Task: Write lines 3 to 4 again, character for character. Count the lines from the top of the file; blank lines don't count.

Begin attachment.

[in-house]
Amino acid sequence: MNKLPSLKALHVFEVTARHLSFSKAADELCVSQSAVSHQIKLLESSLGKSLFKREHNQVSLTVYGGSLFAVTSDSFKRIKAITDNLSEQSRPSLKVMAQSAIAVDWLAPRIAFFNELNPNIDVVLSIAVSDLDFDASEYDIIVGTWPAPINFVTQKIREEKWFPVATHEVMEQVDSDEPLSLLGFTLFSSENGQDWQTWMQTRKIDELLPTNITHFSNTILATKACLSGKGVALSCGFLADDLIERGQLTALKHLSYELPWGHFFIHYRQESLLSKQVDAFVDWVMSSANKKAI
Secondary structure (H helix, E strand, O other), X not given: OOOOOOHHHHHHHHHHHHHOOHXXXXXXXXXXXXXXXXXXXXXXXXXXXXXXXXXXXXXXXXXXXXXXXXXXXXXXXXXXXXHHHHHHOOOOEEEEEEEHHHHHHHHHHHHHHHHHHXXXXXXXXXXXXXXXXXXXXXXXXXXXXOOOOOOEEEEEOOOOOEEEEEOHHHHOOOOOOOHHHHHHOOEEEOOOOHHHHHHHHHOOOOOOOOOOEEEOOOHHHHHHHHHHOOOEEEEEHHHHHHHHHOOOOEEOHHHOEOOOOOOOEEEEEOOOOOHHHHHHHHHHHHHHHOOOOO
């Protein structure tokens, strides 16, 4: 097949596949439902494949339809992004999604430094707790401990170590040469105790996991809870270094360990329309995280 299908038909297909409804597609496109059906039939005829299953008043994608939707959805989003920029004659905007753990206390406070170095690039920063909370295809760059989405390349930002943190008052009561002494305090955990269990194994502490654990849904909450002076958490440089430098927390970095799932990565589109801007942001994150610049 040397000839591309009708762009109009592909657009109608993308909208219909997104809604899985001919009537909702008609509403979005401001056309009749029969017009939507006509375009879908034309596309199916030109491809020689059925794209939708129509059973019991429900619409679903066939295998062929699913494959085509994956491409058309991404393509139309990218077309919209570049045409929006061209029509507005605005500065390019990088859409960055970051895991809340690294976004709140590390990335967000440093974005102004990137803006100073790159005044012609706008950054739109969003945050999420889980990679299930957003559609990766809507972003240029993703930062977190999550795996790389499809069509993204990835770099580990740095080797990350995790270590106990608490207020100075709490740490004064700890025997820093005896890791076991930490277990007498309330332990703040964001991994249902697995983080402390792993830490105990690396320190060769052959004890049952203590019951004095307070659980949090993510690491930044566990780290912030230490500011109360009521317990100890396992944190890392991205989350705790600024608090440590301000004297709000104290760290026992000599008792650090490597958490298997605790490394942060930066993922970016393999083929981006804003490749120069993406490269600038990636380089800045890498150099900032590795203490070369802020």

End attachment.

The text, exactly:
Secondary structure (H helix, E strand, O other), X not given: OOOOOOHHHHHHHHHHHHHOOHXXXXXXXXXXXXXXXXXXXXXXXXXXXXXXXXXXXXXXXXXXXXXXXXXXXXXXXXXXXXHHHHHHOOOOEEEEEEEHHHHHHHHHHHHHHHHHHXXXXXXXXXXXXXXXXXXXXXXXXXXXXOOOOOOEEEEEOOOOOEEEEEOHHHHOOOOOOOHHHHHHOOEEEOOOOHHHHHHHHHOOOOOOOOOOEEEOOOHHHHHHHHHHOOOEEEEEHHHHHHHHHOOOOEEOHHHOEOOOOOOOEEEEEOOOOOHHHHHHHHHHHHHHHOOOOO
């Protein structure tokens, strides 16, 4: 097949596949439902494949339809992004999604430094707790401990170590040469105790996991809870270094360990329309995280 299908038909297909409804597609496109059906039939005829299953008043994608939707959805989003920029004659905007753990206390406070170095690039920063909370295809760059989405390349930002943190008052009561002494305090955990269990194994502490654990849904909450002076958490440089430098927390970095799932990565589109801007942001994150610049 040397000839591309009708762009109009592909657009109608993308909208219909997104809604899985001919009537909702008609509403979005401001056309009749029969017009939507006509375009879908034309596309199916030109491809020689059925794209939708129509059973019991429900619409679903066939295998062929699913494959085509994956491409058309991404393509139309990218077309919209570049045409929006061209029509507005605005500065390019990088859409960055970051895991809340690294976004709140590390990335967000440093974005102004990137803006100073790159005044012609706008950054739109969003945050999420889980990679299930957003559609990766809507972003240029993703930062977190999550795996790389499809069509993204990835770099580990740095080797990350995790270590106990608490207020100075709490740490004064700890025997820093005896890791076991930490277990007498309330332990703040964001991994249902697995983080402390792993830490105990690396320190060769052959004890049952203590019951004095307070659980949090993510690491930044566990780290912030230490500011109360009521317990100890396992944190890392991205989350705790600024608090440590301000004297709000104290760290026992000599008792650090490597958490298997605790490394942060930066993922970016393999083929981006804003490749120069993406490269600038990636380089800045890498150099900032590795203490070369802020």